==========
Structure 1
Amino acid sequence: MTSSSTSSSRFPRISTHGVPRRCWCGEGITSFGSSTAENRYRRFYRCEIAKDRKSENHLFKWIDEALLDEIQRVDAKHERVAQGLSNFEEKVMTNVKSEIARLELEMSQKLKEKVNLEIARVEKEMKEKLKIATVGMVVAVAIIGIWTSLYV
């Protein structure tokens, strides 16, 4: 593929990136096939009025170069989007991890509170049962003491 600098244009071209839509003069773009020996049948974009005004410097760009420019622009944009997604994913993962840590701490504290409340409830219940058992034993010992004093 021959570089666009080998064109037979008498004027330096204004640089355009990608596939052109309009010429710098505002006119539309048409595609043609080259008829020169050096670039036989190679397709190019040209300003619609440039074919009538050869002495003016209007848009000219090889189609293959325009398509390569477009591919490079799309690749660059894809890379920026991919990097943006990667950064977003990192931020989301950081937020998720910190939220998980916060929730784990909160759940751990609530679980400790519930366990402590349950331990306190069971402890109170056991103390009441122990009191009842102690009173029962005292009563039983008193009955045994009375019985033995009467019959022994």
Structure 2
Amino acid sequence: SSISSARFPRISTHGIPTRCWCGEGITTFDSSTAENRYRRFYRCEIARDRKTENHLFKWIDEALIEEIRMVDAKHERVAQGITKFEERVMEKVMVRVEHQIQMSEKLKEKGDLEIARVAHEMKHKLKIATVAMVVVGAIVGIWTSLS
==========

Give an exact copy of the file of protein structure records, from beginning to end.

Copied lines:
Structure 1
Amino acid sequence: MTSSSTSSSRFPRISTHGVPRRCWCGEGITSFGSSTAENRYRRFYRCEIAKDRKSENHLFKWIDEALLDEIQRVDAKHERVAQGLSNFEEKVMTNVKSEIARLELEMSQKLKEKVNLEIARVEKEMKEKLKIATVGMVVAVAIIGIWTSLYV
């Protein structure tokens, strides 16, 4: 593929990136096939009025170069989007991890509170049962003491 600098244009071209839509003069773009020996049948974009005004410097760009420019622009944009997604994913993962840590701490504290409340409830219940058992034993010992004093 021959570089666009080998064109037979008498004027330096204004640089355009990608596939052109309009010429710098505002006119539309048409595609043609080259008829020169050096670039036989190679397709190019040209300003619609440039074919009538050869002495003016209007848009000219090889189609293959325009398509390569477009591919490079799309690749660059894809890379920026991919990097943006990667950064977003990192931020989301950081937020998720910190939220998980916060929730784990909160759940751990609530679980400790519930366990402590349950331990306190069971402890109170056991103390009441122990009191009842102690009173029962005292009563039983008193009955045994009375019985033995009467019959022994």
Structure 2
Amino acid sequence: SSISSARFPRISTHGIPTRCWCGEGITTFDSSTAENRYRRFYRCEIARDRKTENHLFKWIDEALIEEIRMVDAKHERVAQGITKFEERVMEKVMVRVEHQIQMSEKLKEKGDLEIARVAHEMKHKLKIATVAMVVVGAIVGIWTSLS